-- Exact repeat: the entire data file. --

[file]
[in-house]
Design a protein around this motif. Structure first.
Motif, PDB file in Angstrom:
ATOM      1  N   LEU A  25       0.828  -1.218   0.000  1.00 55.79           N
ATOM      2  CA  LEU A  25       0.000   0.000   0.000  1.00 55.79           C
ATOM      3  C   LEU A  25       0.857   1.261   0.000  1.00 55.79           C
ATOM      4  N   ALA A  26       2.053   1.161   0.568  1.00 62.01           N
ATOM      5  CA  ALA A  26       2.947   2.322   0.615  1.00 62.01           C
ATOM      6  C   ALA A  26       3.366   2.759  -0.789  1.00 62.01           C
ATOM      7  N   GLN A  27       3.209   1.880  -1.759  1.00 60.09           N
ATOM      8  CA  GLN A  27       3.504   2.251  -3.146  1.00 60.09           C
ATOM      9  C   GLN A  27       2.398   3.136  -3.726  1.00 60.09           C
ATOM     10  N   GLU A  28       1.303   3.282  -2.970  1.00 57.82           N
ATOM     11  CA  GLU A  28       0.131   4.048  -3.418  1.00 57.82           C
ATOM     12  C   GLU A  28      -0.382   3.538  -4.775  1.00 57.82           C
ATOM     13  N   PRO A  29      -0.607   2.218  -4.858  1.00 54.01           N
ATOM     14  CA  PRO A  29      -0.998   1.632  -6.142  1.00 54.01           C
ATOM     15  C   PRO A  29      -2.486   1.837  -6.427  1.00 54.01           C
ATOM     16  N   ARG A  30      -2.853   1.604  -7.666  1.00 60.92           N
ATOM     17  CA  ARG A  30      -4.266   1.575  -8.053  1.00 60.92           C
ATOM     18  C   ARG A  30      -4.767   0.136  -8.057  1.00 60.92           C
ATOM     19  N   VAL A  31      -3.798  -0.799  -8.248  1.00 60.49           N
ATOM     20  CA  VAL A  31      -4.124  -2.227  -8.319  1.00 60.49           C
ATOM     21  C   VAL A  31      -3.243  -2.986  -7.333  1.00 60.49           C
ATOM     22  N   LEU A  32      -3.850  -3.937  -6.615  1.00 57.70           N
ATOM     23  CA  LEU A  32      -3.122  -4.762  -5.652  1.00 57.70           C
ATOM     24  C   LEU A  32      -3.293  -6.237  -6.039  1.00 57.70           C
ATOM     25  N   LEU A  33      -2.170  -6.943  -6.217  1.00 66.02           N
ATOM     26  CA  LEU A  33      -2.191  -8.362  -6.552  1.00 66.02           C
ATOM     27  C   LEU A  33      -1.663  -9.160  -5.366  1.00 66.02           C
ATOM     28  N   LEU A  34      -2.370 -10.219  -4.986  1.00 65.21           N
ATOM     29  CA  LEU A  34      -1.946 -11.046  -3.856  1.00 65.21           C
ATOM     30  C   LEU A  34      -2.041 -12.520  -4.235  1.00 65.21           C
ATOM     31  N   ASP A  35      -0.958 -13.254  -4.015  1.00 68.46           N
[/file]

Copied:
[in-house]
Design a protein around this motif. Structure first.
Motif, PDB file in Angstrom:
ATOM      1  N   LEU A  25       0.828  -1.218   0.000  1.00 55.79           N
ATOM      2  CA  LEU A  25       0.000   0.000   0.000  1.00 55.79           C
ATOM      3  C   LEU A  25       0.857   1.261   0.000  1.00 55.79           C
ATOM      4  N   ALA A  26       2.053   1.161   0.568  1.00 62.01           N
ATOM      5  CA  ALA A  26       2.947   2.322   0.615  1.00 62.01           C
ATOM      6  C   ALA A  26       3.366   2.759  -0.789  1.00 62.01           C
ATOM      7  N   GLN A  27       3.209   1.880  -1.759  1.00 60.09           N
ATOM      8  CA  GLN A  27       3.504   2.251  -3.146  1.00 60.09           C
ATOM      9  C   GLN A  27       2.398   3.136  -3.726  1.00 60.09           C
ATOM     10  N   GLU A  28       1.303   3.282  -2.970  1.00 57.82           N
ATOM     11  CA  GLU A  28       0.131   4.048  -3.418  1.00 57.82           C
ATOM     12  C   GLU A  28      -0.382   3.538  -4.775  1.00 57.82           C
ATOM     13  N   PRO A  29      -0.607   2.218  -4.858  1.00 54.01           N
ATOM     14  CA  PRO A  29      -0.998   1.632  -6.142  1.00 54.01           C
ATOM     15  C   PRO A  29      -2.486   1.837  -6.427  1.00 54.01           C
ATOM     16  N   ARG A  30      -2.853   1.604  -7.666  1.00 60.92           N
ATOM     17  CA  ARG A  30      -4.266   1.575  -8.053  1.00 60.92           C
ATOM     18  C   ARG A  30      -4.767   0.136  -8.057  1.00 60.92           C
ATOM     19  N   VAL A  31      -3.798  -0.799  -8.248  1.00 60.49           N
ATOM     20  CA  VAL A  31      -4.124  -2.227  -8.319  1.00 60.49           C
ATOM     21  C   VAL A  31      -3.243  -2.986  -7.333  1.00 60.49           C
ATOM     22  N   LEU A  32      -3.850  -3.937  -6.615  1.00 57.70           N
ATOM     23  CA  LEU A  32      -3.122  -4.762  -5.652  1.00 57.70           C
ATOM     24  C   LEU A  32      -3.293  -6.237  -6.039  1.00 57.70           C
ATOM     25  N   LEU A  33      -2.170  -6.943  -6.217  1.00 66.02           N
ATOM     26  CA  LEU A  33      -2.191  -8.362  -6.552  1.00 66.02           C
ATOM     27  C   LEU A  33      -1.663  -9.160  -5.366  1.00 66.02           C
ATOM     28  N   LEU A  34      -2.370 -10.219  -4.986  1.00 65.21           N
ATOM     29  CA  LEU A  34      -1.946 -11.046  -3.856  1.00 65.21           C
ATOM     30  C   LEU A  34      -2.041 -12.520  -4.235  1.00 65.21           C
ATOM     31  N   ASP A  35      -0.958 -13.254  -4.015  1.00 68.46           N